We recently attended the Carpet & Rug Institute’s (CRI) 2017 annual meeting of in Dalton, Ga., where we had the opportunity to talk with Joe Yarbrough, the trade group’s president.
During our conversation, Yarbrough discussed a variety of topics reviewing some of the accomplishments the trade association had achieved over the past year, including the dissemination of information on carpet and rugs to the industry and consumers on its website. He talked about the group’s environmentally oriented Green Label Plus program and recognition of it by the EPA and approval by ANSI. He also talked about the promotion efforts of the group advancing the benefits of commercial and residential soft flooring reaching some projected 25 to 28 million.
The prime focus of the conversation, however, was upon carpet recycling and events in California involving the Carpet America Recovery Effort (CARE), the stewardship organization of the industry. The following are excerpts of that conversation which can be viewed at floortrendsmag.com/videos.
TF: The situation with the CARE organization and its relationship with CalRecycle appears to have become very complicated in recent years and quite costly for the carpet industry. Can you review the situation for us?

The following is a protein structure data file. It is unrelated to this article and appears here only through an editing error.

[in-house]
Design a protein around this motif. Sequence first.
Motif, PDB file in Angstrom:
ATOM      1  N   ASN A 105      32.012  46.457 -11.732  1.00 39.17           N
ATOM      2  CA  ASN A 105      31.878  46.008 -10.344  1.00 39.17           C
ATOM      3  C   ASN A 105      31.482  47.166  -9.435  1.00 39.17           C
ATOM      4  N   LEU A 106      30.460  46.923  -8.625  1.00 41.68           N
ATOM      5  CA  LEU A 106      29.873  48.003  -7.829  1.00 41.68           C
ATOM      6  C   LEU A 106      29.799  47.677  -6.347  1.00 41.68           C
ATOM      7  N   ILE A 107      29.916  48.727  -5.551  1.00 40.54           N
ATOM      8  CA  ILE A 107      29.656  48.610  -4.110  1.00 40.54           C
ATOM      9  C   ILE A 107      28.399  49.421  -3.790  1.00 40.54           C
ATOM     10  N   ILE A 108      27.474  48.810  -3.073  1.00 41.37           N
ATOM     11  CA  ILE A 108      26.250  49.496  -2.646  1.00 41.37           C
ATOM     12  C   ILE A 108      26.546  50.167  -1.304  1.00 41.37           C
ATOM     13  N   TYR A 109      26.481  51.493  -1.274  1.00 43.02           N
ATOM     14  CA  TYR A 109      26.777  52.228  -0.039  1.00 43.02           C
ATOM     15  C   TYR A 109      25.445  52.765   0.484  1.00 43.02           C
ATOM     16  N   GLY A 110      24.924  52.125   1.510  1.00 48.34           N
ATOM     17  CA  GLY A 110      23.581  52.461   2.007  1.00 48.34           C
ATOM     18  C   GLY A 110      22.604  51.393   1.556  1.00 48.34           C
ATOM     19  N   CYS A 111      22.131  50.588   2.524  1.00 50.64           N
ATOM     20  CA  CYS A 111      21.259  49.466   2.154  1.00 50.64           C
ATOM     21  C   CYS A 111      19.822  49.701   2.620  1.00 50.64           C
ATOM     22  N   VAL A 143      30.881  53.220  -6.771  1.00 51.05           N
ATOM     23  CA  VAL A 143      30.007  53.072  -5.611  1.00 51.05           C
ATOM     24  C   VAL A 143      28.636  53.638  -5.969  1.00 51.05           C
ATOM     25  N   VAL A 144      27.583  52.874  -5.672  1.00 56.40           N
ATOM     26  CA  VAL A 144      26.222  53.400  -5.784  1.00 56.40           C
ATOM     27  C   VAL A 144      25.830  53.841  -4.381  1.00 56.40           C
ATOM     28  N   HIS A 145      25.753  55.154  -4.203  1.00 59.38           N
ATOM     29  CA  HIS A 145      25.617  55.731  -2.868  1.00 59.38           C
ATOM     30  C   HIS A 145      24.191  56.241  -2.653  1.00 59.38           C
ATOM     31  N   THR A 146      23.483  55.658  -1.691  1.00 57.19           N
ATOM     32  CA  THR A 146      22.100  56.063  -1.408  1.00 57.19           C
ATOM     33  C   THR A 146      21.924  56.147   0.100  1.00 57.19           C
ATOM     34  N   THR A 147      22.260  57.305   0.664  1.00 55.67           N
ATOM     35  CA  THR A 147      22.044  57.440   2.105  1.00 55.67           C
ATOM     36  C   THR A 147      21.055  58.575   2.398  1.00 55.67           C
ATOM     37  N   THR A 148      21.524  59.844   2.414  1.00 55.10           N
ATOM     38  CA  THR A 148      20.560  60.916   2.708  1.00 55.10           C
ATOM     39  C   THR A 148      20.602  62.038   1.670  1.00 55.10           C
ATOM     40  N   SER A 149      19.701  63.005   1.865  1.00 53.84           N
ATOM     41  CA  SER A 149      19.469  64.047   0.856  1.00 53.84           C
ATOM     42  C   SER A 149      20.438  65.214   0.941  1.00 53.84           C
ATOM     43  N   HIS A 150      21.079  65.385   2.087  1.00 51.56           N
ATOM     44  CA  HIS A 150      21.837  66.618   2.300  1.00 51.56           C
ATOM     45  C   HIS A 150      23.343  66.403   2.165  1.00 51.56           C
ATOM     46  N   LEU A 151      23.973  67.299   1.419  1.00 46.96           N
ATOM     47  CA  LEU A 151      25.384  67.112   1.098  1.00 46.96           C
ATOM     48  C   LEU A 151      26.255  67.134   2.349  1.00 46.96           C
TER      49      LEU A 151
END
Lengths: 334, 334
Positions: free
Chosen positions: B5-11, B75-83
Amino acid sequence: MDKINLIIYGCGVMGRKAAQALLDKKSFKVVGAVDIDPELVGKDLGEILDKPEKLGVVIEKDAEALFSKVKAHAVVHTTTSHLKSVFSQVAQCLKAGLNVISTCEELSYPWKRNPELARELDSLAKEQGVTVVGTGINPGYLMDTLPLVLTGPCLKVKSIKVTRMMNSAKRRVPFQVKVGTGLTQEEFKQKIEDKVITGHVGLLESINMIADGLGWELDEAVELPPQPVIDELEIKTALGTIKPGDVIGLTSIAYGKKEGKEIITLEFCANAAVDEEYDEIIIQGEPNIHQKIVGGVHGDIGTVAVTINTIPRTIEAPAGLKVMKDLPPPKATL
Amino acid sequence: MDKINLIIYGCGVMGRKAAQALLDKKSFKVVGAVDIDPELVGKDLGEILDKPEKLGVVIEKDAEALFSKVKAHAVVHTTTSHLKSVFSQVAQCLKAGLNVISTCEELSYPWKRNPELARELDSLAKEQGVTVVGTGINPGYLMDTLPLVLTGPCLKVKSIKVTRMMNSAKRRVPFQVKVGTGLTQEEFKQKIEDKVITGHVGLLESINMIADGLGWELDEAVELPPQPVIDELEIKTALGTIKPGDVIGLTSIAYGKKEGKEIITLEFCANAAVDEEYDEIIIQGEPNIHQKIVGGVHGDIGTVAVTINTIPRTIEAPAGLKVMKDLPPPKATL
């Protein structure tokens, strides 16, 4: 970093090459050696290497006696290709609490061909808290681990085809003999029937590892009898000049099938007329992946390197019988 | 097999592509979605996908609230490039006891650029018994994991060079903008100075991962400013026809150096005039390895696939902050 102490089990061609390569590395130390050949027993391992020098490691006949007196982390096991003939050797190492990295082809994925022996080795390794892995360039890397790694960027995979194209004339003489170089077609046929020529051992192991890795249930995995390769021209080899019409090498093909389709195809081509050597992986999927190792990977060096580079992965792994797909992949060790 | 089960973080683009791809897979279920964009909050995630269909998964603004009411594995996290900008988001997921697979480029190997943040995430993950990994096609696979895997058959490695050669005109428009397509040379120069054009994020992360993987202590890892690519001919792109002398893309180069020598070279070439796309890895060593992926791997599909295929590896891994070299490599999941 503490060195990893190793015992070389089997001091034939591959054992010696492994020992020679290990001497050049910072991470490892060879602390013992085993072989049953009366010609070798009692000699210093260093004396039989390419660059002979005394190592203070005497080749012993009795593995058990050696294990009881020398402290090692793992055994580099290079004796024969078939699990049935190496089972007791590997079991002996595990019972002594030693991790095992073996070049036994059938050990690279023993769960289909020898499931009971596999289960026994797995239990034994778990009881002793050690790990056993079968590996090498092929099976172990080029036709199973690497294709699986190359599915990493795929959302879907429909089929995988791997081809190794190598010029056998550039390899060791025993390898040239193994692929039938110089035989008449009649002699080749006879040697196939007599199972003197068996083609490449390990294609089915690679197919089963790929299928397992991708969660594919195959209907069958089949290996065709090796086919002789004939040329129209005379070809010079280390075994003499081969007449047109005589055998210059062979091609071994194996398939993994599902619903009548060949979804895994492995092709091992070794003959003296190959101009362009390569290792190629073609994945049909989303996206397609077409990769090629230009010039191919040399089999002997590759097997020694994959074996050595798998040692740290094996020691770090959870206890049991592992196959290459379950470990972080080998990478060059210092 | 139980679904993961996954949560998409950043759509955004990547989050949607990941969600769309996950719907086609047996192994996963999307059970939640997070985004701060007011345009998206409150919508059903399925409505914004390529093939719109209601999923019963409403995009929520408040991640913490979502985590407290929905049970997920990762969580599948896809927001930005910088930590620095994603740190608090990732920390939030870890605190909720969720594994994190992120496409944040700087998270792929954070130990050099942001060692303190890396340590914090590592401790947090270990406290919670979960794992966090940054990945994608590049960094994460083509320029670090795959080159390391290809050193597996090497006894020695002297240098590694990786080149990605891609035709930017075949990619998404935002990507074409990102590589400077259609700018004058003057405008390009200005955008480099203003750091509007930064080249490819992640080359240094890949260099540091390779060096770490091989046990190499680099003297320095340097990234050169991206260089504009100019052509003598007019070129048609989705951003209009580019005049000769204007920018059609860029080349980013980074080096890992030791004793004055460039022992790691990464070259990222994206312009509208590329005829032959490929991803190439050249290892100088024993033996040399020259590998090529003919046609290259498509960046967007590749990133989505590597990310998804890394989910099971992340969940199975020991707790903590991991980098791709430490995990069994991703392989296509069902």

Yarbrough: Within our Extended Producer Responsibility efforts and the CARE panel, a great deal of CRI resources have been consumed, particularly within the state of California. In my presentation, I talked about activities in some other states, but the activity and stress on the industry and the stress on CRI’s resources have really been focused on activity within California. There are three prime things we have dealt with there.
First, CARE, the stewardship organization for our industry, has had to submit a stewardship plan addressing how that plan would be operated and managed. During 2011, the first five-year plan was developed. It expired in December of 2016. Two plans have since been offered to CalRecycle and have been rejected, one in December of last year and one in February of the current year. We have, as a result, been operating as an industry that is selling carpet into the state of California as if the existing plan were still in effect. And those who manufacture and sell carpet in the state are operating under the governance of the previously approved plan as if it were still in effect.